Canines & Cannabis

Here’s an interesting story.  I’ll stick my two cents in at the end.  Pay attention, there might be a quiz.
“Colorado veterinarians have a message for medical marijuana users: Don’t get your dog stoned. Marijuana is toxic in a dog’s system, they say, and has even resulted in some canine deaths.

“There are huge spikes in the frequency of marijuana ingestion in places where it’s become legal,” veterinarian Dr. Debbie Van Pelt told local CBS affiliate WTSP. “They basically have lost a lot of their fine motor control, they have a wide-based stance and they are not sure on their feet.”

Before medical marijuana was legalized in Colorado, local vets say they saw only a handful of cases of dogs exposed to the substance per year. But now, those numbers have more than quadrupled. The vets say most of the dogs are getting high from medical marijuana edibles left out in the open by their owners. Marijuana edibles are cookies, brownies and other foods prepared with a butter laced with THC, the psychoactive ingredient in pot.

And while some pet owners may think it’s funny to get their dogs high, the vets say pot is actually toxic to a dog’s system. Cats are similarly vulnerable to negative effects from inhaling second-hand marijuana smoke or eating edibles. Cat experts say many owners inaccurately believe that marijuana will have a similar effect on their cats as catnip.

“I just want dogs, kids to be safe. It needs to be treated like any other drug. If you came home with a prescription of Vicodin from your doctor you wouldn’t just leave it sitting there,” veterinarian Stacy Meola told the station.

In fact, Dr. Meola said that two dogs recently died after ingesting a lethal amount of marijuana. Such deaths are rare, but even in cases in which a dog’s life is not threatened, the dog may still be subjected to painful symptoms, including vomiting and even comas.

“We need people to realize it is potentially toxic and potentially fatal to their pets,” Van Pelt said.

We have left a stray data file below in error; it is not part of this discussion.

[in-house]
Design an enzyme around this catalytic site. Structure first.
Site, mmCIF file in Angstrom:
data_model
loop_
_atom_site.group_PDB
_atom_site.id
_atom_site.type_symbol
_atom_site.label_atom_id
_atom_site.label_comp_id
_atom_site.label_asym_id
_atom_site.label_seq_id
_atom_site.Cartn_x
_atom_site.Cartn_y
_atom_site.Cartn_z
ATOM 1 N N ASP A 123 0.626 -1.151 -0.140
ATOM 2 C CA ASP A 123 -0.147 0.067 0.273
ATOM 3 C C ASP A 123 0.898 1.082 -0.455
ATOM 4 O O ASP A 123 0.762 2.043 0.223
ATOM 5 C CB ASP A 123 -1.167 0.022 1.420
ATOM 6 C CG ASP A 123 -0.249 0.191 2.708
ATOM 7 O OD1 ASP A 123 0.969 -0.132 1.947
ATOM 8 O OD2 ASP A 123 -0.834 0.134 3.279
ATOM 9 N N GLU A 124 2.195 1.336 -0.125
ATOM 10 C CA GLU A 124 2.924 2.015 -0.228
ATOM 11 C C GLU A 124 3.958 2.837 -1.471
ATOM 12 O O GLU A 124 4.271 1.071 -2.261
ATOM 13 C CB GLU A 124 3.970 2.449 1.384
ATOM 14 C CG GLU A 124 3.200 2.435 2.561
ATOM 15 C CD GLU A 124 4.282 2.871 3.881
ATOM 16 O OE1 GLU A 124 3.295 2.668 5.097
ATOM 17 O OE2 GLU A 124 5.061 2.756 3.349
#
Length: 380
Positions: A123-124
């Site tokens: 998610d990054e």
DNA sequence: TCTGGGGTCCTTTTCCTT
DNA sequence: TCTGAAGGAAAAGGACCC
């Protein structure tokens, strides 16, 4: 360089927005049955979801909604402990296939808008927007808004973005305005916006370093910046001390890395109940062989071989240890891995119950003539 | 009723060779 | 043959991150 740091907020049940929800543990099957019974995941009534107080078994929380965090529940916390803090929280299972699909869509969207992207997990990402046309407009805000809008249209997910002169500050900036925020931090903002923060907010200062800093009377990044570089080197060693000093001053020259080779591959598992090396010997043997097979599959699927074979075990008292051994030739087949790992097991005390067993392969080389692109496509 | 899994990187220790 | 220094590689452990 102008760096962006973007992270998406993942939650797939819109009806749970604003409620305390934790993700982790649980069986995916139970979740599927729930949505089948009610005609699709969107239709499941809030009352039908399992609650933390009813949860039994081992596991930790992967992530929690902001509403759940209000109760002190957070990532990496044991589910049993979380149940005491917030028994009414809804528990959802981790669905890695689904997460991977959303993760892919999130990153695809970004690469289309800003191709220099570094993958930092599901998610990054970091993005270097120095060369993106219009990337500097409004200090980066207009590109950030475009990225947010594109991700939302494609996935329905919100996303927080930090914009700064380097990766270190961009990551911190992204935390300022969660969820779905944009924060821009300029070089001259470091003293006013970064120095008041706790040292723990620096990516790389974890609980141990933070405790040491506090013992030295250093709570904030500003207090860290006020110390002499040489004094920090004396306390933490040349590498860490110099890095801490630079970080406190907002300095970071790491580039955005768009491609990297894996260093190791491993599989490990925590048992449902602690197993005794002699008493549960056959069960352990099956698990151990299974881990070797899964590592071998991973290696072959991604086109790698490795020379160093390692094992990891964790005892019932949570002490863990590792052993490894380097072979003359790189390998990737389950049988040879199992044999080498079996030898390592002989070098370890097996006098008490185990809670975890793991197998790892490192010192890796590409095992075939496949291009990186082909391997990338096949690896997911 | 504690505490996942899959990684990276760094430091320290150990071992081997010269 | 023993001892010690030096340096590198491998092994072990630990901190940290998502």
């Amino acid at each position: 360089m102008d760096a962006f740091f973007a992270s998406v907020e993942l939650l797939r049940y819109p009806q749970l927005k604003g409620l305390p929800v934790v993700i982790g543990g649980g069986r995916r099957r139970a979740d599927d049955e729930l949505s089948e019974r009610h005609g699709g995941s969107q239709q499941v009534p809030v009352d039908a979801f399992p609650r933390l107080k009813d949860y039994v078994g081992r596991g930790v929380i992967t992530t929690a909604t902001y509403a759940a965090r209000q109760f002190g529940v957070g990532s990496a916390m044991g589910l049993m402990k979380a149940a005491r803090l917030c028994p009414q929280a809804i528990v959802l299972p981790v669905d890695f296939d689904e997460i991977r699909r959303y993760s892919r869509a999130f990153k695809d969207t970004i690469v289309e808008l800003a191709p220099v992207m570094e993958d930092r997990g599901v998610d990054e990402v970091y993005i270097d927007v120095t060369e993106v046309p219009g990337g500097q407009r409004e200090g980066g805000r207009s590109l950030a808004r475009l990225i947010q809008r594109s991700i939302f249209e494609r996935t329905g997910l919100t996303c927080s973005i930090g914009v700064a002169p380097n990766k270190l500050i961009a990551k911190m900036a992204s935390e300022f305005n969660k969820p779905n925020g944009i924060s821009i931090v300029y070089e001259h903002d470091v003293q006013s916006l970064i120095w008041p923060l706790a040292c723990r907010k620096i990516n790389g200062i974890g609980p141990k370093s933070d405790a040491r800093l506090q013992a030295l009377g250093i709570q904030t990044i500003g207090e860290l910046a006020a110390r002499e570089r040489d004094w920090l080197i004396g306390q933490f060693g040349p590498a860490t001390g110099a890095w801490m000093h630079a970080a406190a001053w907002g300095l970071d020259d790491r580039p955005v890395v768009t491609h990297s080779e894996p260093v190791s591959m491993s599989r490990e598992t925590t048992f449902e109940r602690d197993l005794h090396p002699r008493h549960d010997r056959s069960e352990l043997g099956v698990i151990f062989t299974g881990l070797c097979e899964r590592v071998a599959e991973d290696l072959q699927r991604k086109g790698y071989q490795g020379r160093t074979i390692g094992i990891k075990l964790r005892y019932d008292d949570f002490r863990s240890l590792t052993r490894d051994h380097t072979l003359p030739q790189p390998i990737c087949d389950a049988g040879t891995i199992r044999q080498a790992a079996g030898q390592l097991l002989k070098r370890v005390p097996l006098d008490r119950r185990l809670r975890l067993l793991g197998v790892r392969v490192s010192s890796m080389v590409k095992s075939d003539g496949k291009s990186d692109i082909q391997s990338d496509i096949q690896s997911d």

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Okay, here we go. I wish this article didn’t have the stink of reefer madness all over it, which it does. And don’t blame the edibles — dogs eat damn near anything and worry, no, perhaps wonder, about what it was later. It’s that “fatal dose” of marijuana in a dog that is worrisome, as I am sure it’s supposed to be. I don’t buy it. There is no fatal dose of marijuana for a human. Could there be one for a canine? I do not buy it, but I’ll look at any evidence and give it a fairer hearing than the hemp plant ever got. Prove up or shut up.

My experience has been that not all but most pets / animals don’t like smoke and stay away from it naturally. What kind of a-hole blows smoke in an animals face when the animal obviously doesn’t like it? Years ago I had a cat that, when I lit up, would come to my lap, take one hit (my next) and then either go to sleep in place or slip off and eat a can or two of cat food and then go to sleep. One hit and done — good friend there. Never brought any bud, but would share the odd dead bird from time to time. Look, I’m old and in the time I’ve been here I’ve seen only a few animals who liked to partake — and it was obvious that they wanted to do so. Most pets / animals don’t notice and get left alone. How’s in work in your house?

For the sake of discussion, my guess on the “fatal dose” is maybe the dog ingested a large amount of plant matter and got bloat. But I’m just gessin’. A fatal dose of marijuana? Maybe, SHOW ME.

Original post is HERE.

[image: Google images dogs]

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Author: DavidB

a heathen, but hopefully not an unenlightened one

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